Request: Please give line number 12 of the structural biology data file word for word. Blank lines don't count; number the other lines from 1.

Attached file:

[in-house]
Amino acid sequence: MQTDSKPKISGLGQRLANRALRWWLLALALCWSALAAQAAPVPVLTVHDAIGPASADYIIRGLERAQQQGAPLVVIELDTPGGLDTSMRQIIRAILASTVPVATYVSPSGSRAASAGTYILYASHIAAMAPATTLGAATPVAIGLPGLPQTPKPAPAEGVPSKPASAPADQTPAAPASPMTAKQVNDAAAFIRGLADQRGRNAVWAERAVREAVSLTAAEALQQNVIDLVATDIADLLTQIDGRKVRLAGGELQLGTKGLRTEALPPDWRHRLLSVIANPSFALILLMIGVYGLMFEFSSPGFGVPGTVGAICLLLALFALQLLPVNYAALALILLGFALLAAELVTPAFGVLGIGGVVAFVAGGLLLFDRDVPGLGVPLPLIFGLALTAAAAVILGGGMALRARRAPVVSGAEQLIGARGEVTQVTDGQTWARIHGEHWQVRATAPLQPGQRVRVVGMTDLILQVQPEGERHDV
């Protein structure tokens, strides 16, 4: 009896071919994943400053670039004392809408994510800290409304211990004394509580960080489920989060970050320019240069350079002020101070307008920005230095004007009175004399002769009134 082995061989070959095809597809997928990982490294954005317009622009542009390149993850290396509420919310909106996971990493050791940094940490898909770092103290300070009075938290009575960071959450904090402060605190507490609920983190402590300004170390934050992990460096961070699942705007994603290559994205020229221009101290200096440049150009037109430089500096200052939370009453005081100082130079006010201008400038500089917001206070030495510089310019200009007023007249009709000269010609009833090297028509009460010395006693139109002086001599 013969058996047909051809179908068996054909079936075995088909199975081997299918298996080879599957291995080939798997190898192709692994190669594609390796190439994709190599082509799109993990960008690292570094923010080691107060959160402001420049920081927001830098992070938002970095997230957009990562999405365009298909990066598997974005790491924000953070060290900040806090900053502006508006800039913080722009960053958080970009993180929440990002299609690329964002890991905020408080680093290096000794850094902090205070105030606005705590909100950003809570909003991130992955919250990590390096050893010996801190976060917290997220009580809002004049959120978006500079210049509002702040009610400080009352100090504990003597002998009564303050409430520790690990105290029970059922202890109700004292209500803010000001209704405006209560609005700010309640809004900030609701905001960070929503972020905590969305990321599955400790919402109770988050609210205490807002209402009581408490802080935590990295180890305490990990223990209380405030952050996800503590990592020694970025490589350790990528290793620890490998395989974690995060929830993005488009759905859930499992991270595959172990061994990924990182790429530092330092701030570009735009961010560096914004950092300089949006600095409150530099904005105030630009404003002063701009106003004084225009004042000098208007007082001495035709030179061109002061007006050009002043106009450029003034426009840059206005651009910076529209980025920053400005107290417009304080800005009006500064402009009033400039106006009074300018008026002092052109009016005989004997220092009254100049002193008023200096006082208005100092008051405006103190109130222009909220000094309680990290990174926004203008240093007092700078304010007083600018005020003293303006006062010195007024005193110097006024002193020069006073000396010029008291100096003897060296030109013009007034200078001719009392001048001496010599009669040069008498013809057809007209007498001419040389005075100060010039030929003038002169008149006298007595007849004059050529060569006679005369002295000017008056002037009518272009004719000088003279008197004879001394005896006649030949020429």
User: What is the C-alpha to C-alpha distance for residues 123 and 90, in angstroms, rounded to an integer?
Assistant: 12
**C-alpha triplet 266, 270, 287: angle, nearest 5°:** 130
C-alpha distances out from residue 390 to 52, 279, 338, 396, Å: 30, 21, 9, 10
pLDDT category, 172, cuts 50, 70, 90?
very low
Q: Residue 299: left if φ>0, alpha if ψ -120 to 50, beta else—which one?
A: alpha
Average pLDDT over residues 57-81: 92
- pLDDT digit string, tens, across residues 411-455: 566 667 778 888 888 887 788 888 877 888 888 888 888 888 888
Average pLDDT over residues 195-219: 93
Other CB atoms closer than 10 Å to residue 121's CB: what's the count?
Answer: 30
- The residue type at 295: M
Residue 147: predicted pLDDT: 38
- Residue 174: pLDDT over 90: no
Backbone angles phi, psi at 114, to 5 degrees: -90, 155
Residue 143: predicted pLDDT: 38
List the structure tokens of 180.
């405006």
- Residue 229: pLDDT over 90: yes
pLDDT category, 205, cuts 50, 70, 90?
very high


Average pLDDT over residues 57-81: 92